The Discovery of the Hobbit People
The Hobbit People
In The 1950’s and 60’s a priest and a part-time archaeologist, named Theodore Vernoeven discovered early sighs of human presence. He also discovered fossils thought to be around almost 750,000 years old. Theodore Vernoeven discovered bones and other remains from the Liana Bua what is known as “Cool Cave”. The bones that Theodore found were what he thought to be a child but it turned out to be a full grown adult just over three feet tall. The tiny human that Theodore and other archaeologist named her Homo Floresiensis and nicknamed her the Hobbit which lived 18,000 years ago.
The Hobbits had arms that were longer than their legs, giving them a slightly more ape-like structure. Their skulls had no bony chins, so their faces had more of an oval shape. Their forehead was sloping. The inferred brain size was tiny, putting them in the IQ range of chimpanzees. An isolated arm bone found deeper in the Liang Bua deposit, as well as the remains of several other individuals recovered more recently, indicate that Homo Floresiensis had a long history on the island, and was present there 95,000 years ago. This bantam human therefore significantly overlapped in time with Homo sapiens, who arrived in the region sometime between 55,000 and 35,000 years ago. How they interacted, however if they ever even met face to face remains a mystery.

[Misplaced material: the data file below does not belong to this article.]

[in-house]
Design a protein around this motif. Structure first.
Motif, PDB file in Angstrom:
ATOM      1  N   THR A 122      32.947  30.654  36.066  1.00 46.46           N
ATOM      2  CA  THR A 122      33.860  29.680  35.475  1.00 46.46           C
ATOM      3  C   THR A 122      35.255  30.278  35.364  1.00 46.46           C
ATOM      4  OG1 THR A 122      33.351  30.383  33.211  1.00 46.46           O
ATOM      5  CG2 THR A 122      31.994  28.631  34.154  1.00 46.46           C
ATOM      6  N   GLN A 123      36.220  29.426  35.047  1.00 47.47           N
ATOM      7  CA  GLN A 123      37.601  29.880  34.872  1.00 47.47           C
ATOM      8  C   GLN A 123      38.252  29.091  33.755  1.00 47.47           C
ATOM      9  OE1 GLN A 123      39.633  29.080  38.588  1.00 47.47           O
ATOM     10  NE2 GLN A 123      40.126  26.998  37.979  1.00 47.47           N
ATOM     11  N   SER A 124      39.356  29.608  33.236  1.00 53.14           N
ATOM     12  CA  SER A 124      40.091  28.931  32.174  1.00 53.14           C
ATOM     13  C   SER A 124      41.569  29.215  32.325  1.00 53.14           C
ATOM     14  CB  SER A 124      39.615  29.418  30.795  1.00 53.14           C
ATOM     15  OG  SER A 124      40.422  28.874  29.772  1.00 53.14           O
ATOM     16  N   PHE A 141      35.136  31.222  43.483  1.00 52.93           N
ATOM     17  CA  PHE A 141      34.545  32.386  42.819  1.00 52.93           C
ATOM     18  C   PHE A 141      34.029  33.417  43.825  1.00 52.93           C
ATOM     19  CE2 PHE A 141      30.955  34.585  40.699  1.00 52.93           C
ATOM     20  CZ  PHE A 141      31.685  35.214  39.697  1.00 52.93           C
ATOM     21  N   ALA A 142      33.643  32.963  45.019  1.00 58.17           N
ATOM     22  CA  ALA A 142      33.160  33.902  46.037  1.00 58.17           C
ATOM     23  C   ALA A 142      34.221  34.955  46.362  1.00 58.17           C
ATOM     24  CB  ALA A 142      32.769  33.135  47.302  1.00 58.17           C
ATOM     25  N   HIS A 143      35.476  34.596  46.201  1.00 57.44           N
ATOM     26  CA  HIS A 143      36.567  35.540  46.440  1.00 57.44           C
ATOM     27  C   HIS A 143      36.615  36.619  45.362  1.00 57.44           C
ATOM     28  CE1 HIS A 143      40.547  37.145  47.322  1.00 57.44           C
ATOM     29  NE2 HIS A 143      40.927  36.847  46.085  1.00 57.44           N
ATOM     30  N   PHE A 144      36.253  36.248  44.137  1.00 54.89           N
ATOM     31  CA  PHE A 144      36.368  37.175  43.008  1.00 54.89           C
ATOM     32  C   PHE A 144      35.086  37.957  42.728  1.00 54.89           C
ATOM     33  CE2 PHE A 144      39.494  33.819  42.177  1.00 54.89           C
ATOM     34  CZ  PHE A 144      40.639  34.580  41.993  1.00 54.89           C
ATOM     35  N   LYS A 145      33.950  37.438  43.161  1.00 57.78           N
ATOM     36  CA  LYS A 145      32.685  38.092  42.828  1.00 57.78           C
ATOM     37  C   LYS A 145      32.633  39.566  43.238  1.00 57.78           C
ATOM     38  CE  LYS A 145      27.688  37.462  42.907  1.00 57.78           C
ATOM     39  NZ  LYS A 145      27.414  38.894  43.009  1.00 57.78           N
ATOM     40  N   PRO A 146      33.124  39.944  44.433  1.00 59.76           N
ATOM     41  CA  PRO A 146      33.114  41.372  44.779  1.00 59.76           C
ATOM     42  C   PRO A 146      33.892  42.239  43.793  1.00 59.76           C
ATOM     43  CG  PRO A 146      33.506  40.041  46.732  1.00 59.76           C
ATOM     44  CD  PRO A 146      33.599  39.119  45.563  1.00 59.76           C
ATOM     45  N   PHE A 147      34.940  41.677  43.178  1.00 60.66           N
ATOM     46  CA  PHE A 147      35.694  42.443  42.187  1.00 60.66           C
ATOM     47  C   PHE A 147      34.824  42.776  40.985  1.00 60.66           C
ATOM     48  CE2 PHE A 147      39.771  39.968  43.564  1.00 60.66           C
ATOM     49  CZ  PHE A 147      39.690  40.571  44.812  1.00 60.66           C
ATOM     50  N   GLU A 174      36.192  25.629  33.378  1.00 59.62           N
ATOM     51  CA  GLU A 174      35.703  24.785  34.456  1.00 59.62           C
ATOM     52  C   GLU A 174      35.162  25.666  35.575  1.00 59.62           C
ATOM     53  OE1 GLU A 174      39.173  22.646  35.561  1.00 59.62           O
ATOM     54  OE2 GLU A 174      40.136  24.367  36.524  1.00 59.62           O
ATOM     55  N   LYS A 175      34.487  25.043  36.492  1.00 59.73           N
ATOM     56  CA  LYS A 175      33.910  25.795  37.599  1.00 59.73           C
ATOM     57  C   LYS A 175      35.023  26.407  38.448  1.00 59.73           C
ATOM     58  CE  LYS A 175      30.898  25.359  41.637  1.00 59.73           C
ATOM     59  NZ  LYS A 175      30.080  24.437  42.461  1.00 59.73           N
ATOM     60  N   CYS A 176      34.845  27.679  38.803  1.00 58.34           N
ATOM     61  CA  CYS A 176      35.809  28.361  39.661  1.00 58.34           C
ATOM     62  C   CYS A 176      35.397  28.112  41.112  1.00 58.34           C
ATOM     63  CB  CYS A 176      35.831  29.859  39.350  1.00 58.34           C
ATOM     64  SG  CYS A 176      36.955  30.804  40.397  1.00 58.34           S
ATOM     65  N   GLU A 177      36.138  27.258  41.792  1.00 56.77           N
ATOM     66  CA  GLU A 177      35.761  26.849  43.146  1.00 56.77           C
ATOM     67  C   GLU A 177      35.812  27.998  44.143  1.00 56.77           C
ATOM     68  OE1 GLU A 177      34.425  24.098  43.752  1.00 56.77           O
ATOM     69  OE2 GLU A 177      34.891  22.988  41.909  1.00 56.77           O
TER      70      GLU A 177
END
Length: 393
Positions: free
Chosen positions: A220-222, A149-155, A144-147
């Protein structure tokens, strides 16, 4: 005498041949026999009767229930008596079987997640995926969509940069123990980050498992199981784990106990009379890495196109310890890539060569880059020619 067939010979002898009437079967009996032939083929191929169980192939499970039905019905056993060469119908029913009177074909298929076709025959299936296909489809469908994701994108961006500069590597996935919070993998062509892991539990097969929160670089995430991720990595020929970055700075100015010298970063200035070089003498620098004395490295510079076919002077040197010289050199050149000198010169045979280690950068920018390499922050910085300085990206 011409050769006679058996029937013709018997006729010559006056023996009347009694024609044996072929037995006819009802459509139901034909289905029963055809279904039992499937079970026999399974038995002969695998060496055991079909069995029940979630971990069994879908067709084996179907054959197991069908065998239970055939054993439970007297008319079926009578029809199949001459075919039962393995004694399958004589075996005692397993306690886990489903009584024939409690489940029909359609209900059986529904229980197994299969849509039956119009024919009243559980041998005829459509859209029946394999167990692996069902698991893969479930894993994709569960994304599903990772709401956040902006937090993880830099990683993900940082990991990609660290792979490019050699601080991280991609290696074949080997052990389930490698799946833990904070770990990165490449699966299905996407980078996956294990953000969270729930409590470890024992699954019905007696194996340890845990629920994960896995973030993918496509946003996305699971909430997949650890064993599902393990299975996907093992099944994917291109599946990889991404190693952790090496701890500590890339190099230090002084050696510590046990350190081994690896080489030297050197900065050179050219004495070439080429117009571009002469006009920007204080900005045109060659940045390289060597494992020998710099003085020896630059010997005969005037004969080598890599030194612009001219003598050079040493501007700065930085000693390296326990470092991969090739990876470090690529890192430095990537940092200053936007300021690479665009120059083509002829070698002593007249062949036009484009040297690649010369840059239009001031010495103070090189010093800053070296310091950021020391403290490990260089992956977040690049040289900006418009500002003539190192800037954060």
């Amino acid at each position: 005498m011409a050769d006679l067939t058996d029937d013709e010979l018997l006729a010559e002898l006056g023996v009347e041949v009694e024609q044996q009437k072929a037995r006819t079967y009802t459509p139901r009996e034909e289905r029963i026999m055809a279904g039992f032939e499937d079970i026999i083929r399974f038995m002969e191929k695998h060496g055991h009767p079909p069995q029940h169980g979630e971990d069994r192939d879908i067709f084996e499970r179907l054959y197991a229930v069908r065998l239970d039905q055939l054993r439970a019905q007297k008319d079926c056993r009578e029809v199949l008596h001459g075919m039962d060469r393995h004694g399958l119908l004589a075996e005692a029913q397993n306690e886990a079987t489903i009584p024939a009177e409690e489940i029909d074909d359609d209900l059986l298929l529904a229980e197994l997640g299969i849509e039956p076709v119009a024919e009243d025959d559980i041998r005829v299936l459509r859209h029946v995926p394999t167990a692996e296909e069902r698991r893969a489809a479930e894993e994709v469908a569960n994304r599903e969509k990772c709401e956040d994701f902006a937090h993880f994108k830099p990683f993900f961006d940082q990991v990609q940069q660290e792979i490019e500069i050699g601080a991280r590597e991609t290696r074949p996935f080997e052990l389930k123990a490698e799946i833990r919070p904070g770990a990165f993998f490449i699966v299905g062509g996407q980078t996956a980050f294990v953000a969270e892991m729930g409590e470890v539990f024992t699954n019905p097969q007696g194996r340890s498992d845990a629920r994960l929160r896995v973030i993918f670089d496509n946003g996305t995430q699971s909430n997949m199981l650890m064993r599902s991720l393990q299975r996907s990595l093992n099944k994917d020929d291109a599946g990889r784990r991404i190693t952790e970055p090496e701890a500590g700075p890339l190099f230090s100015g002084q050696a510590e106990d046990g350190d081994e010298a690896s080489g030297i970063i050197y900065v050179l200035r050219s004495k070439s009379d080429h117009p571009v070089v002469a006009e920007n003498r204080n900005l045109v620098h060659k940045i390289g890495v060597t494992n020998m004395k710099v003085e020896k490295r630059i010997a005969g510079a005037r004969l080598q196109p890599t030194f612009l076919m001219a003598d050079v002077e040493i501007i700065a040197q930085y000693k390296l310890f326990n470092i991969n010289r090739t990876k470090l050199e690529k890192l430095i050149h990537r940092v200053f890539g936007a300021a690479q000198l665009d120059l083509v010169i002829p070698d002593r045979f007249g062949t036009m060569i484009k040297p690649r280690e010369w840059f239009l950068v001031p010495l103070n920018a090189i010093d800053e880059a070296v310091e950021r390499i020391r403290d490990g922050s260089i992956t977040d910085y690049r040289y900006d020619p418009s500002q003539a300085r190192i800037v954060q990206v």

The Flores people used fire in hearths for cooking and hunted stegodon, a primitive dwarf elephant found on the island. Although small, the stegodon still weighed about 1,000 kilograms 2,200 pounds, and would pose a significant challenge to a hunter the size of a three-year-old modern human child. Hunting must have required joint communication and planning. Almost all of the stegodon bones associated with the human artifacts is of juveniles, suggesting the tiny humans...